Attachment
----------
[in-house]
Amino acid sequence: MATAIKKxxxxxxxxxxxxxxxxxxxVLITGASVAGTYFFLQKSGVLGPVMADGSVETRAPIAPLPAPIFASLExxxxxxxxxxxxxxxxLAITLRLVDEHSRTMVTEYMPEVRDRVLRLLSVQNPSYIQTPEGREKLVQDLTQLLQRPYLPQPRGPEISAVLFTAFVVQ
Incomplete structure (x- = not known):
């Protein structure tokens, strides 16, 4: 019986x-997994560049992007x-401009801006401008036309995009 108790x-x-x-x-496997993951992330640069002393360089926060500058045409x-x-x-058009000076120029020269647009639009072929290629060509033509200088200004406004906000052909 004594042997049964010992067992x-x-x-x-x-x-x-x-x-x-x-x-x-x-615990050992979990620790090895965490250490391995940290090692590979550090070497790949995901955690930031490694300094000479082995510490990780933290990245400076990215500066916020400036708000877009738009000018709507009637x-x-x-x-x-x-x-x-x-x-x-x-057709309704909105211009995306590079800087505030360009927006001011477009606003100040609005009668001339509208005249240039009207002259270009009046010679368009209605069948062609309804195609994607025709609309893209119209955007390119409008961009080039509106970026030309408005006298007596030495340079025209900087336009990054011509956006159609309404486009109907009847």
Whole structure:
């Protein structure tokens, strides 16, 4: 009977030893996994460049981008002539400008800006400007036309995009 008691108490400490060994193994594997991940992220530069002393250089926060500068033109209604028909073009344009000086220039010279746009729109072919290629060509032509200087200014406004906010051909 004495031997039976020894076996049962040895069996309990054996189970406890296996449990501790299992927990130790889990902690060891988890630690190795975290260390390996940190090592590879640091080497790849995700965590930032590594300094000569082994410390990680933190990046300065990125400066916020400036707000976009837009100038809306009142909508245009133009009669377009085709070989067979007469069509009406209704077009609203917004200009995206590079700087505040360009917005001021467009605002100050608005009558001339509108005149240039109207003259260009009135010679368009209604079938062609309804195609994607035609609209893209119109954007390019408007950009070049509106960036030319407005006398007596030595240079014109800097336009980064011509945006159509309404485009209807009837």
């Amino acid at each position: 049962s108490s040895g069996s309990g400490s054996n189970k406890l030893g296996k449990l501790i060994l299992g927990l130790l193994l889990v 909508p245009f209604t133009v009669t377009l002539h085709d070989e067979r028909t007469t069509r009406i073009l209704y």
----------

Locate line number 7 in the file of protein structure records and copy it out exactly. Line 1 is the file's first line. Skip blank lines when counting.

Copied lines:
């Amino acid at each position: 049962s108490s040895g069996s309990g400490s054996n189970k406890l030893g296996k449990l501790i060994l299992g927990l130790l193994l889990v 909508p245009f209604t133009v009669t377009l002539h085709d070989e067979r028909t007469t069509r009406i073009l209704y």